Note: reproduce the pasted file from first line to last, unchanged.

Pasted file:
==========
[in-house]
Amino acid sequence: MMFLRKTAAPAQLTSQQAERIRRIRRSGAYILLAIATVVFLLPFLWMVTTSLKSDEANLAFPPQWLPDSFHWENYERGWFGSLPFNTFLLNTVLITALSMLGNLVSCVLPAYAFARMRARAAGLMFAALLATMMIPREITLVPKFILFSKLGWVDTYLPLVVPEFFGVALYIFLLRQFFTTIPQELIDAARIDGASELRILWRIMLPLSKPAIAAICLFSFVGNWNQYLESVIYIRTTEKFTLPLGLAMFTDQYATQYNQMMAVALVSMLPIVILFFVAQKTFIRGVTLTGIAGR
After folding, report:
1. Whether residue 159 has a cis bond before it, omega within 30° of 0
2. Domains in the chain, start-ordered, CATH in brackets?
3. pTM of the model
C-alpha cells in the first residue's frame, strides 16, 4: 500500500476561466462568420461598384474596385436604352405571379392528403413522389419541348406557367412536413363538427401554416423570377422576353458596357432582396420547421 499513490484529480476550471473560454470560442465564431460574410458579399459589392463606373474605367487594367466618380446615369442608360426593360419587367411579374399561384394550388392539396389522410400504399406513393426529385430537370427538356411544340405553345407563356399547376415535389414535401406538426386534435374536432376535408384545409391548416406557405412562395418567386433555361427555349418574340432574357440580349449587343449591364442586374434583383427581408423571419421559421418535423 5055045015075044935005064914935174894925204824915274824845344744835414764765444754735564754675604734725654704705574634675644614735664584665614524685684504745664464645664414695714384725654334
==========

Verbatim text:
[in-house]
Amino acid sequence: MMFLRKTAAPAQLTSQQAERIRRIRRSGAYILLAIATVVFLLPFLWMVTTSLKSDEANLAFPPQWLPDSFHWENYERGWFGSLPFNTFLLNTVLITALSMLGNLVSCVLPAYAFARMRARAAGLMFAALLATMMIPREITLVPKFILFSKLGWVDTYLPLVVPEFFGVALYIFLLRQFFTTIPQELIDAARIDGASELRILWRIMLPLSKPAIAAICLFSFVGNWNQYLESVIYIRTTEKFTLPLGLAMFTDQYATQYNQMMAVALVSMLPIVILFFVAQKTFIRGVTLTGIAGR
After folding, report:
1. Whether residue 159 has a cis bond before it, omega within 30° of 0
2. Domains in the chain, start-ordered, CATH in brackets?
3. pTM of the model
C-alpha cells in the first residue's frame, strides 16, 4: 500500500476561466462568420461598384474596385436604352405571379392528403413522389419541348406557367412536413363538427401554416423570377422576353458596357432582396420547421 499513490484529480476550471473560454470560442465564431460574410458579399459589392463606373474605367487594367466618380446615369442608360426593360419587367411579374399561384394550388392539396389522410400504399406513393426529385430537370427538356411544340405553345407563356399547376415535389414535401406538426386534435374536432376535408384545409391548416406557405412562395418567386433555361427555349418574340432574357440580349449587343449591364442586374434583383427581408423571419421559421418535423 5055045015075044935005064914935174894925204824915274824845344744835414764765444754735564754675604734725654704705574634675644614735664584665614524685684504745664464645664414695714384725654334